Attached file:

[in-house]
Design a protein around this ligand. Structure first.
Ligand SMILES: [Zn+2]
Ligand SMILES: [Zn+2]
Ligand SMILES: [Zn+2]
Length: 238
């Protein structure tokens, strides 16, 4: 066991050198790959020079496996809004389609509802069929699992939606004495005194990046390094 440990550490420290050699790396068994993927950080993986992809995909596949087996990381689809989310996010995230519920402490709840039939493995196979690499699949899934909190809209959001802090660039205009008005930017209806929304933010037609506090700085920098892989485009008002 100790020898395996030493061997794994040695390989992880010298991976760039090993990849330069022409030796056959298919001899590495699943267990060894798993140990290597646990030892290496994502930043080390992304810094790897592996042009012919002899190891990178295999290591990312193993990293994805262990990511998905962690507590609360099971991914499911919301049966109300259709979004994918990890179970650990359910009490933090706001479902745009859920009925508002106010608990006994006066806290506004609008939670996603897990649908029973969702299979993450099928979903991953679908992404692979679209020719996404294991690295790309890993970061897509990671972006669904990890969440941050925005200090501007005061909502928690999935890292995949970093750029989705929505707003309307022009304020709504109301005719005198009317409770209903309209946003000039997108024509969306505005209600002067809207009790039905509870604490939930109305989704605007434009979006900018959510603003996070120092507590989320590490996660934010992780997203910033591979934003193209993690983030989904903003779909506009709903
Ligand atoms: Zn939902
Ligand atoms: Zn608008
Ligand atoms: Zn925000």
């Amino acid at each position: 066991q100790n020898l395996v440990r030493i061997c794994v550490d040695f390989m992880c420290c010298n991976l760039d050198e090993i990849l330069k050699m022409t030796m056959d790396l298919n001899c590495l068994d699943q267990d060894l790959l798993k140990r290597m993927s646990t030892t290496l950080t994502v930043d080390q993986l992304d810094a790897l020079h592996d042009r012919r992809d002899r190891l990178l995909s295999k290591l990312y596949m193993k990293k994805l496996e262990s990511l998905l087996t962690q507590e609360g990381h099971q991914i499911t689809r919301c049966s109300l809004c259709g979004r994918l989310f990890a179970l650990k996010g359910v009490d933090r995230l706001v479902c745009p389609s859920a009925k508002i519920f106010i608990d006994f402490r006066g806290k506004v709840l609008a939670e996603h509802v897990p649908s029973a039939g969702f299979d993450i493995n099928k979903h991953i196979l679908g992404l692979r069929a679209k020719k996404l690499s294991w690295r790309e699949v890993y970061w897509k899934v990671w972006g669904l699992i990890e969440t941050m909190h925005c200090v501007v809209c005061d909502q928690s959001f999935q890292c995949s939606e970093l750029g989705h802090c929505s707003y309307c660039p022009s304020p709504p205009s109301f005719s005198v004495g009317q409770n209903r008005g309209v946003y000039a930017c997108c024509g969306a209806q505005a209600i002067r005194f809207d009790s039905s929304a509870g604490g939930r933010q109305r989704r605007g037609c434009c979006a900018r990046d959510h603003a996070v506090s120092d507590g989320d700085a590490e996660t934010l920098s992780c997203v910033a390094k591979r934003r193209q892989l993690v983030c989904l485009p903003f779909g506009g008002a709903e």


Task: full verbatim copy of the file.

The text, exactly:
[in-house]
Design a protein around this ligand. Structure first.
Ligand SMILES: [Zn+2]
Ligand SMILES: [Zn+2]
Ligand SMILES: [Zn+2]
Length: 238
């Protein structure tokens, strides 16, 4: 066991050198790959020079496996809004389609509802069929699992939606004495005194990046390094 440990550490420290050699790396068994993927950080993986992809995909596949087996990381689809989310996010995230519920402490709840039939493995196979690499699949899934909190809209959001802090660039205009008005930017209806929304933010037609506090700085920098892989485009008002 100790020898395996030493061997794994040695390989992880010298991976760039090993990849330069022409030796056959298919001899590495699943267990060894798993140990290597646990030892290496994502930043080390992304810094790897592996042009012919002899190891990178295999290591990312193993990293994805262990990511998905962690507590609360099971991914499911919301049966109300259709979004994918990890179970650990359910009490933090706001479902745009859920009925508002106010608990006994006066806290506004609008939670996603897990649908029973969702299979993450099928979903991953679908992404692979679209020719996404294991690295790309890993970061897509990671972006669904990890969440941050925005200090501007005061909502928690999935890292995949970093750029989705929505707003309307022009304020709504109301005719005198009317409770209903309209946003000039997108024509969306505005209600002067809207009790039905509870604490939930109305989704605007434009979006900018959510603003996070120092507590989320590490996660934010992780997203910033591979934003193209993690983030989904903003779909506009709903
Ligand atoms: Zn939902
Ligand atoms: Zn608008
Ligand atoms: Zn925000």
């Amino acid at each position: 066991q100790n020898l395996v440990r030493i061997c794994v550490d040695f390989m992880c420290c010298n991976l760039d050198e090993i990849l330069k050699m022409t030796m056959d790396l298919n001899c590495l068994d699943q267990d060894l790959l798993k140990r290597m993927s646990t030892t290496l950080t994502v930043d080390q993986l992304d810094a790897l020079h592996d042009r012919r992809d002899r190891l990178l995909s295999k290591l990312y596949m193993k990293k994805l496996e262990s990511l998905l087996t962690q507590e609360g990381h099971q991914i499911t689809r919301c049966s109300l809004c259709g979004r994918l989310f990890a179970l650990k996010g359910v009490d933090r995230l706001v479902c745009p389609s859920a009925k508002i519920f106010i608990d006994f402490r006066g806290k506004v709840l609008a939670e996603h509802v897990p649908s029973a039939g969702f299979d993450i493995n099928k979903h991953i196979l679908g992404l692979r069929a679209k020719k996404l690499s294991w690295r790309e699949v890993y970061w897509k899934v990671w972006g669904l699992i990890e969440t941050m909190h925005c200090v501007v809209c005061d909502q928690s959001f999935q890292c995949s939606e970093l750029g989705h802090c929505s707003y309307c660039p022009s304020p709504p205009s109301f005719s005198v004495g009317q409770n209903r008005g309209v946003y000039a930017c997108c024509g969306a209806q505005a209600i002067r005194f809207d009790s039905s929304a509870g604490g939930r933010q109305r989704r605007g037609c434009c979006a900018r990046d959510h603003a996070v506090s120092d507590g989320d700085a590490e996660t934010l920098s992780c997203v910033a390094k591979r934003r193209q892989l993690v983030c989904l485009p903003f779909g506009g008002a709903e």